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Adjustable Tailstock for a 5C Collet Indexer

Adjustable Tailstock for a C5 Collet Indexer

Here’s a nice weekend metalworking project for you, an adjustable tailstock for a 5c collet indexer!

I have noticed in several articles that there seems to be a lot of interest in an adjustable tailstock for a 5c Collet Indexer.  Over the years I have accumulated three of these handy gizmos and not a one of them came with a tailstock.  So what gives?  Having never been accused of being non resourceful … I decided to make my own.  Making my own adjustable tailstock turned out to be a rather simple straight forward project with only the center piece being in anyway critical as to dimensioning and tolerance.  I came up with several design ideas,  but I am happy with the results of this one.

First I must confess I am not much of a welder.  I call myself more of a “sticker together-er”  than a true welder.  My welding projects do usually stay together and are almost always functional but they seldom very pretty.  Thank God for grinders!  In our line of work pretty counts.  Usually a whole lot.  The next big evil to rear its ugly head is warpage.  My Dad’s brother Karl was one hell of a mechanic and welder.  He worked on logging equipment and large trucks and even boasts plying the Snake river to the Columbia and Portland Oregon and finally the world.  This man knew how to set and tack his metal so the welding drew the pieces together, and stayed flat!  What a talent.

Construction

Myself, I am a bolt-er.  Cut your pieces as straight and square as possible then assemble with good bolts or cap screws.  If nothing else it is easier to disassemble to fix mistakes or missteps in construction sequence.  Hence you can see in the picture below the bottom of the tailstock with the cap screws holding the uprights in position.  The notches of course are for bolting to the table and the longitudinal groove is for a block for instant alignment to the mill table via the table slots.  I usually remove them as every machine I have seems to have different slot dimensions so I have to keep a little box around full of different blocks for different tools.  The only standard is the slot on the base of the tool at 5/8″ wide.  If the slots on my tools aren’t that size when I get ‘em, they will be shortly!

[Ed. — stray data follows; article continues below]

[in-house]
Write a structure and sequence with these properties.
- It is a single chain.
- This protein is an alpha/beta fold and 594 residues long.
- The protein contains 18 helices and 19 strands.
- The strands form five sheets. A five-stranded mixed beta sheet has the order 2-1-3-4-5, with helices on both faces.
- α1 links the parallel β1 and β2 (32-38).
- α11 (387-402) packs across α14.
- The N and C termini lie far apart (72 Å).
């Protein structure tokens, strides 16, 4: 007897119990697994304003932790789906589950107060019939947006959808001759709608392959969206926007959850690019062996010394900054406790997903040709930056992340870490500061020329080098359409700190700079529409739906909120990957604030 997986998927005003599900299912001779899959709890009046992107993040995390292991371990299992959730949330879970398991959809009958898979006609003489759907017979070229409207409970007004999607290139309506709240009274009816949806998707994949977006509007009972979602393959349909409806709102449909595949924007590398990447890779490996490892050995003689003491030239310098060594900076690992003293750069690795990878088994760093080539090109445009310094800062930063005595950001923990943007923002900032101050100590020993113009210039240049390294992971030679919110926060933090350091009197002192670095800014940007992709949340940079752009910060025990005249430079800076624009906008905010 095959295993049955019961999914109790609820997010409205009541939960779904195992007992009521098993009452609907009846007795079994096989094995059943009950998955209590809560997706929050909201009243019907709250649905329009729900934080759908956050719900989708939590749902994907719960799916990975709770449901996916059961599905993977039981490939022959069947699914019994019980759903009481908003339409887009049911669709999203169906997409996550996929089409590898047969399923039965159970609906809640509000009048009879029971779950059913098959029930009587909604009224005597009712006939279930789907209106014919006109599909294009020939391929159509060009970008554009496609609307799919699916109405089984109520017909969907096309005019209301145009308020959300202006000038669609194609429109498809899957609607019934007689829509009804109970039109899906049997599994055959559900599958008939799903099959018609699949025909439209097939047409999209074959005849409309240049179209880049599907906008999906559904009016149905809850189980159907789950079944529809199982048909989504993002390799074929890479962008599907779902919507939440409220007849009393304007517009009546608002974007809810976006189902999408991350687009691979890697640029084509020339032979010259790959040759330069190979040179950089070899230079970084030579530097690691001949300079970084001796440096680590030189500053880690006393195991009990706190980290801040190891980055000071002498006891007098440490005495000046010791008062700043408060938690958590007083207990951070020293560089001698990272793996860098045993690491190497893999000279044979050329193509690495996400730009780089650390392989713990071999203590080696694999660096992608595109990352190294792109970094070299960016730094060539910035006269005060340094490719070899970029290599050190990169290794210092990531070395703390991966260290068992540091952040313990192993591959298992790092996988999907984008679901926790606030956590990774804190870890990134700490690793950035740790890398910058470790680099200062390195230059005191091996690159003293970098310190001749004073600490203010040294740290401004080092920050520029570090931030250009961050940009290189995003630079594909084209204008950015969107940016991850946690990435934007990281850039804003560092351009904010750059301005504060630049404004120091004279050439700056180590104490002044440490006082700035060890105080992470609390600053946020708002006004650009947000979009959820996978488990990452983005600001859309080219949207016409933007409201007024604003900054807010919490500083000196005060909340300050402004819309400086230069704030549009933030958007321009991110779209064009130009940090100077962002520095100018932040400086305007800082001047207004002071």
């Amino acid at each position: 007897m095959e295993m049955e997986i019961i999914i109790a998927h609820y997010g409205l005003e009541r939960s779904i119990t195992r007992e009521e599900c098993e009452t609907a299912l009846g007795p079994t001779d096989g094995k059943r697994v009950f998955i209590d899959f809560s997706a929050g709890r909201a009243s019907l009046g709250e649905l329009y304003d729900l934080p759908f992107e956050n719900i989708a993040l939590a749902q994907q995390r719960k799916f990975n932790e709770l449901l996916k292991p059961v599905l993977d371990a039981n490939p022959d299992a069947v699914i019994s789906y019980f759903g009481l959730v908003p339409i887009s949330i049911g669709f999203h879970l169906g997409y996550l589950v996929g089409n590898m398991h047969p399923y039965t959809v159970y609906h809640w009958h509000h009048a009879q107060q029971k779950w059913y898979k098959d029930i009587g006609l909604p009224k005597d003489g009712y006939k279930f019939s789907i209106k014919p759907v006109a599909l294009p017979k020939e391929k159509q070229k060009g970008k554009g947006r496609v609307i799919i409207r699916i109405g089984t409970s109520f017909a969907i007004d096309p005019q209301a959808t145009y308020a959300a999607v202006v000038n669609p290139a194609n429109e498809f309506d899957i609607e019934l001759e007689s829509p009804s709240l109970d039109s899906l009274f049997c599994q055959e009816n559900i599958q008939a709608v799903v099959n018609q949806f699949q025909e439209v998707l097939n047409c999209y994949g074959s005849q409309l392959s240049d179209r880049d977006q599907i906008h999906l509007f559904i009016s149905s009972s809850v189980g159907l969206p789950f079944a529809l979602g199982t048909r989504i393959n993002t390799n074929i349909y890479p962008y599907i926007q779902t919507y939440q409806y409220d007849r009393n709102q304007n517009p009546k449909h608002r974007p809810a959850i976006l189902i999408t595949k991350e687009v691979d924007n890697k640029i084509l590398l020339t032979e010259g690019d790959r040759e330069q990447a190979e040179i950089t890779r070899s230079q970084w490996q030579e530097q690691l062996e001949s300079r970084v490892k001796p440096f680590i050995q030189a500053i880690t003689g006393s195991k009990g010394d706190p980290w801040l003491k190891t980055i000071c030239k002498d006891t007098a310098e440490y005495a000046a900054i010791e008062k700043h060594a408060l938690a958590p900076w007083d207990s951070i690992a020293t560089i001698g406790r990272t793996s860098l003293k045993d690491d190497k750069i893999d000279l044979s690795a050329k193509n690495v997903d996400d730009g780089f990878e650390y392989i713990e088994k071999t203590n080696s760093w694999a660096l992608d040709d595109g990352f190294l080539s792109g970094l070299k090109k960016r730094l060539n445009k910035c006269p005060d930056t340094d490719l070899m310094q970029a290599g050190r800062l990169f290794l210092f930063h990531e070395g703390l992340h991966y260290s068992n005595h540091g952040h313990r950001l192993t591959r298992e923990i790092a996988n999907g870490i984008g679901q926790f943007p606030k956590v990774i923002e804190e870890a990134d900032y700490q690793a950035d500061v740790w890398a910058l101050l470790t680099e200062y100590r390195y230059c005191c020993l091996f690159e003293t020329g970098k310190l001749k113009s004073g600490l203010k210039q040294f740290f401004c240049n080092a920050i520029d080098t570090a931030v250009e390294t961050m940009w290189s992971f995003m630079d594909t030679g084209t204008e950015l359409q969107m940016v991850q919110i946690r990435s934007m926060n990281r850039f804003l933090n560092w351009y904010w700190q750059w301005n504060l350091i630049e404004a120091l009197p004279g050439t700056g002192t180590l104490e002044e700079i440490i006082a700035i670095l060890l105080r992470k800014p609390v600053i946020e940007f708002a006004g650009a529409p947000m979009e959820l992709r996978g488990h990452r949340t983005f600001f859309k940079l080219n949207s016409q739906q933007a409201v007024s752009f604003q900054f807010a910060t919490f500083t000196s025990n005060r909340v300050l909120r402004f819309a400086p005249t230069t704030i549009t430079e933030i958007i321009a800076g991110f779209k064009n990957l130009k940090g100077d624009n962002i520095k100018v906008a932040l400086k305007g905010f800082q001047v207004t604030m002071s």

Bottom view of the tailstock base plate showing groove cut for alignment block.

Bottom view of the tailstock base plate showing groove cut for alignment block.

The body material, base, and uprights are 1/2″ plate.  The rest of the dimensions you probably need to figure for your application.  The side slots are milled to fit 5/16″ grade 8 bolts. The slots on the back side were oversized  (shown in the disassembled picture below) so that the head of the bolt would be held securely in place without rotating. That way only one wrench (to loosen/tighten the nuts) would be necessary for adjustment.  These slots were calculated to be centered vertically when using the intended original collet fixture. However, I provided an inch of play above and below centerline to hopefully allow for future unknowns.  The center shaft support can also be flipped upside down to gain a little more height.  The square piece supporting the center is a piece of 1″ x 1 1/2″ x 6″ stock.  A 3/4″ hole was drilled and reamed into the bottom half vertically.  At the rear portion a  1/2″ hole was drilled and tapped to accomodate a piece of 1/2″ all-thread, which is secured to the center shaft support using LocTite. The other end of the threaded rod is for the adjustment knob to ride on.  Please take the time to chase the all-thread or do whatever it takes to slick it up real well so the knob freely spins end to end.  Doing so makes the whole thing more of a pleasure to use and believe me it will probably be spun a whole bunch in its life time.  So make it easy on both you and the tailstock and I will sleep better.